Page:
The BBC recently broadcast D. A. Pennebaker’s 1973 film of David Bowie’s last Ziggy Stardust concert. You can see it above. It’s a remarkable piece of early seventies rock with Bowie in his androgynous prime and Mick Ronson blowing away the audience with aching guitar solos as Bowie sneaks away for yet another bizarre costume change.
Compared to today’s concerts, it’s a world apart
Certainly, you wouldn’t want to bring back those hairstyles, but you would want to bring back the primacy of performance over pyrotechnics. There are no whiz-bang explosions on the stage, no animated backdrops or film footage behind the musicians, and certainly no giant screens at the side of the stage to help those seated too far away to actually see anything.
The lighting is dark, the costumes and make-up are over the top, but it’s the music that makes the concert a classic.
It is tempting to think of the late sixties and early seventies as a golden period for rock musicians and particularly for rock guitarists. This was a time before tech replaced the bassist with a programmed beat and rap turned the microphone into the only instrument an ambitious star ever needed to learn how to play.
They don’t make too many guitarists like Mick Ronson any more
But it’s also worth remembering that this was also a generation that set fire to guitars on stage and smashed them into splinters against the ground. Even that nice Paul McCartney has been known to throw his Hofner bass “headstock first, like an arrow” at John Hammel, his guitar tech for the last thirty-six years.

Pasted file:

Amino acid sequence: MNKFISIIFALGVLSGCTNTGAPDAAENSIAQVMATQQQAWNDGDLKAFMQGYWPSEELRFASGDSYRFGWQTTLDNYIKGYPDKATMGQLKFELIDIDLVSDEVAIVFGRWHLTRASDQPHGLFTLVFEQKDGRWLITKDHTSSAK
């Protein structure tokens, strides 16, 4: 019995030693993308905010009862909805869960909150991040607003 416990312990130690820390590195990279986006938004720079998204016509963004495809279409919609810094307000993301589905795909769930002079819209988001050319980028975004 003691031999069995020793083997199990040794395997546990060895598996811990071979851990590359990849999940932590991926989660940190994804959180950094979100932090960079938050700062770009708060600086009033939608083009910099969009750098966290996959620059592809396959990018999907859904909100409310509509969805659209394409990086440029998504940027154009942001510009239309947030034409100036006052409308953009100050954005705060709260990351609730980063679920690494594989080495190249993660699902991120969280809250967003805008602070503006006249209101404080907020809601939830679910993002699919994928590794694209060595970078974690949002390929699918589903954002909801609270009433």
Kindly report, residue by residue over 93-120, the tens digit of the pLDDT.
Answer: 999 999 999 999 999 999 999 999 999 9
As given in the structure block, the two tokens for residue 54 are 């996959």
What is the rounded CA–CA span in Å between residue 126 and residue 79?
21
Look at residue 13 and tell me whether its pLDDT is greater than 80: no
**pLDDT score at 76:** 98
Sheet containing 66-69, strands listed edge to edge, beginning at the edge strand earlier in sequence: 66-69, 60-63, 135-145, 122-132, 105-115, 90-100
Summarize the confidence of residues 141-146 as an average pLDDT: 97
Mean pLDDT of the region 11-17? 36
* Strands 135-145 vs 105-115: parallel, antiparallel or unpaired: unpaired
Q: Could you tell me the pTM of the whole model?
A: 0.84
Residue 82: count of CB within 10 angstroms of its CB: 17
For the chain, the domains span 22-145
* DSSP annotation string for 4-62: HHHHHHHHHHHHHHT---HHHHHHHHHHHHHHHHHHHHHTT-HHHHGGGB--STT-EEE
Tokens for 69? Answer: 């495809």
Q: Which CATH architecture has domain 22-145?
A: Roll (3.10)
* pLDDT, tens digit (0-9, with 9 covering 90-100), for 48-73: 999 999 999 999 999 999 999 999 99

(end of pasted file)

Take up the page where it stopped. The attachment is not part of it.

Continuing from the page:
We can admire Pete Townsend’s cartwheeling arm movements and we watch in awe at old footage of Jimi Hendrix making a guitar do what no one else thought possible. But it’s much harder for any serious musician to think highly of the treatment that they put their instruments through in the name of art.
And it isn’t necessary.
From Smashing Guitars to Making Them
Not every great guitarist set out to trash their instrument. Not every great rock musician has seen a tool that cost thousands and entertained millions as replaceable as a used tissue. There are no reports of Mark Knopfler destroying guitars in concerts and Slash is more likely to make one than break one.
The former Guns N’ Roses star owns a hundred, used a 1959 Gibson Les Paul Standard replica for studio sessions, a 1988 Gibson Les Paul Standard for live performances and has worked with Gibson on thirteen Les Paul models.
It was probably better to be a rock guitarist in the late sixties and early seventies than it is today. That was a time when the music built the image and not vice versa, and when musicians who knew how to handle chords were more important than performers who knew how to do their hair and dance in a line.
But if you were a guitar, it’s probably better to be made today when no one is going to smash you on stage or forget about you when you’re packed away in the case.